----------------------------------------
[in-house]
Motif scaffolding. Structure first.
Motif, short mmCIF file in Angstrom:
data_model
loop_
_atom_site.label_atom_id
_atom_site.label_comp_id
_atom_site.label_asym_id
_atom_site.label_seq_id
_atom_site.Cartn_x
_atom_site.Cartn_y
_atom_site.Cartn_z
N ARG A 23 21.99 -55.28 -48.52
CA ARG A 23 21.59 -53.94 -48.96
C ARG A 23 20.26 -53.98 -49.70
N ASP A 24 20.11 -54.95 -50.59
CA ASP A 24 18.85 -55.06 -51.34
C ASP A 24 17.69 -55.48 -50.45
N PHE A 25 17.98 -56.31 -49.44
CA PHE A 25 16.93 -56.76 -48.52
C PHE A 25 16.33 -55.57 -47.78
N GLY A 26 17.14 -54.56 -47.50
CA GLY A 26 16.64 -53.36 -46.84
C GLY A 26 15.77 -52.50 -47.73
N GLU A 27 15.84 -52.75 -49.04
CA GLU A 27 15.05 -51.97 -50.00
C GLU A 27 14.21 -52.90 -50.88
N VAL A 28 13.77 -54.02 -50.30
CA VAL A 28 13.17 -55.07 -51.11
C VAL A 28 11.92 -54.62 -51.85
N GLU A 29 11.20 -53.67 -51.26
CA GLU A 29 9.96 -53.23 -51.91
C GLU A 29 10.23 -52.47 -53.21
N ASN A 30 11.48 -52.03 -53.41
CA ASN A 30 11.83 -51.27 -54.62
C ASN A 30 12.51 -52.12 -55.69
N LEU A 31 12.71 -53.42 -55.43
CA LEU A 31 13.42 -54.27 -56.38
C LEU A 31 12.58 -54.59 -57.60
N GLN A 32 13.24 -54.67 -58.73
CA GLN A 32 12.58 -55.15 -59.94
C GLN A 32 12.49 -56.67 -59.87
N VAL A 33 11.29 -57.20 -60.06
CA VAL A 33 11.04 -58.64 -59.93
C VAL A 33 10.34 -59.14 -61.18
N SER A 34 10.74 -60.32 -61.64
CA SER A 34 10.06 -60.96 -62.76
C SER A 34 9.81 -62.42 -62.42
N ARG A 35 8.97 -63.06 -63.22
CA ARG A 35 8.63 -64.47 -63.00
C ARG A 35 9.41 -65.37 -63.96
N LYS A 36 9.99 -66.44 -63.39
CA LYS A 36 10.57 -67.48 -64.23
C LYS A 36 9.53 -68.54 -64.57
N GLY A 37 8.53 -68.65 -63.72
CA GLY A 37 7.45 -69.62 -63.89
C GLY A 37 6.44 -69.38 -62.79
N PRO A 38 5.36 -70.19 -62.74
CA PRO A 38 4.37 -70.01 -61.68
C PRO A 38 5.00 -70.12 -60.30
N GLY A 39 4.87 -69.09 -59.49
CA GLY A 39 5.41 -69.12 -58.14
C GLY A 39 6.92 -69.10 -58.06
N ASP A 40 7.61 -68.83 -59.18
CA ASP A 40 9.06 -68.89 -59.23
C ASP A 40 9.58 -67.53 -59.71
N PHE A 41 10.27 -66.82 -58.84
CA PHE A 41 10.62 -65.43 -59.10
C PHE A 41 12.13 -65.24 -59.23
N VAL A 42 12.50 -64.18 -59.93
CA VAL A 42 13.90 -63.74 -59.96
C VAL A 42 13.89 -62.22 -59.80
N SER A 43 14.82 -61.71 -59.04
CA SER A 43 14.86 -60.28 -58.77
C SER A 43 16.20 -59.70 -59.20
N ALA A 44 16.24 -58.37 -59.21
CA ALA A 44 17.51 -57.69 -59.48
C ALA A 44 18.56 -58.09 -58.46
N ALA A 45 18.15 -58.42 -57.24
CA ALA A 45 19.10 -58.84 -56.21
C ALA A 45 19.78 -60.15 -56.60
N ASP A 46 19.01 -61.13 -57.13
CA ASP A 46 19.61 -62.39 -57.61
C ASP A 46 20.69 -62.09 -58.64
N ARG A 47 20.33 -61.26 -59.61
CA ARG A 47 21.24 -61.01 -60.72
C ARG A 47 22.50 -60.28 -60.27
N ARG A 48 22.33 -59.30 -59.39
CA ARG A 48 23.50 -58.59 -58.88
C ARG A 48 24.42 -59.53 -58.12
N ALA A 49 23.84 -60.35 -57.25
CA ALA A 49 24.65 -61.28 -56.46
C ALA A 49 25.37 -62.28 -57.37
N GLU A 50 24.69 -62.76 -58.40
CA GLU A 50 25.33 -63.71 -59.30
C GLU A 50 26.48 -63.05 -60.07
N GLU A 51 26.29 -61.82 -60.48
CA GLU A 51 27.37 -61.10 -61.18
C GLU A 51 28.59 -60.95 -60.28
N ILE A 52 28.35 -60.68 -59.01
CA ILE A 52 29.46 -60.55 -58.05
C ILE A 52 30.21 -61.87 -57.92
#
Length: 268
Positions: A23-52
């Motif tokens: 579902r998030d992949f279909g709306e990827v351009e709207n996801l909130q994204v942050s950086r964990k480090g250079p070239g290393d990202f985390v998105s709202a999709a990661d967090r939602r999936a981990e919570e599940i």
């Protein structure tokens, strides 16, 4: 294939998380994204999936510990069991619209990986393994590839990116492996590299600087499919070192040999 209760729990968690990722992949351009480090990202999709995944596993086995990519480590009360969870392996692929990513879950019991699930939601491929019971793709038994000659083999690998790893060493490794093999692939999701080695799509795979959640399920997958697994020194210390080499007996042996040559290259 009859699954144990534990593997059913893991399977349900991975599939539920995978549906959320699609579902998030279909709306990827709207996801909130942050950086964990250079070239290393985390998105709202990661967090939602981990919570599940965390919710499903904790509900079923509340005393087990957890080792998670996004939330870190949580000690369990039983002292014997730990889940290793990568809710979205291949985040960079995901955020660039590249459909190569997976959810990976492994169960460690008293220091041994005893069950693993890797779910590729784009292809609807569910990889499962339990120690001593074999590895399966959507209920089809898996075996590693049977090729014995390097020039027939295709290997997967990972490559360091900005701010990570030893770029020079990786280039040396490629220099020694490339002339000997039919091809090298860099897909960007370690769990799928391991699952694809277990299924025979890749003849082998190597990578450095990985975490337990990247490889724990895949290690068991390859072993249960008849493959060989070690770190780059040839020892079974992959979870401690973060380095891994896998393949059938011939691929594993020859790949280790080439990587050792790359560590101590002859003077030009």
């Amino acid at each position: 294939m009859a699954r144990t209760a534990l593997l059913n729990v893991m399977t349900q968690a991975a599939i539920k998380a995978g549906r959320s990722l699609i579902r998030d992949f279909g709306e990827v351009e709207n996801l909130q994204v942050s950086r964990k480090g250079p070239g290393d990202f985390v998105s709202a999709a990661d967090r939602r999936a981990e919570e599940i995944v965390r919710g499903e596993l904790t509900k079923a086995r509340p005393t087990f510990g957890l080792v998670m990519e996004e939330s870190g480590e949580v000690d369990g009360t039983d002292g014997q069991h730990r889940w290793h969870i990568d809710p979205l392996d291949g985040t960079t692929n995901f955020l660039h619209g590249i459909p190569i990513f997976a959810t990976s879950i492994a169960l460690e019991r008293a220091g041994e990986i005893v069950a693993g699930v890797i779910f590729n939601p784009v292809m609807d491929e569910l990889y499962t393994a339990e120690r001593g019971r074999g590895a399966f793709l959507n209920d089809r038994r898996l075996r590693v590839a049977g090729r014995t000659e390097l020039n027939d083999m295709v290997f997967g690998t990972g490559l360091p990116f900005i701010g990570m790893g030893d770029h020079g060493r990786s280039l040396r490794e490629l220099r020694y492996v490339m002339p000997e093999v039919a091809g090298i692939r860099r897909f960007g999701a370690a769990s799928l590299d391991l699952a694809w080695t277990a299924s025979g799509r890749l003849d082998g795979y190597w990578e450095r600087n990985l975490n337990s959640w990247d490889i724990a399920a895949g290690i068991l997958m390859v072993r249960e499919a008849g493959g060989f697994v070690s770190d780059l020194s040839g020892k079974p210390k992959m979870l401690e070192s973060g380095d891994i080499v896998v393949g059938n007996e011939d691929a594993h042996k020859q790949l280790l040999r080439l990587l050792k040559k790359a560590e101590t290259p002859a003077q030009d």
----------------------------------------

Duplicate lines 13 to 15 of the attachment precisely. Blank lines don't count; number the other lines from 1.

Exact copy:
N ARG A 23 21.99 -55.28 -48.52
CA ARG A 23 21.59 -53.94 -48.96
C ARG A 23 20.26 -53.98 -49.70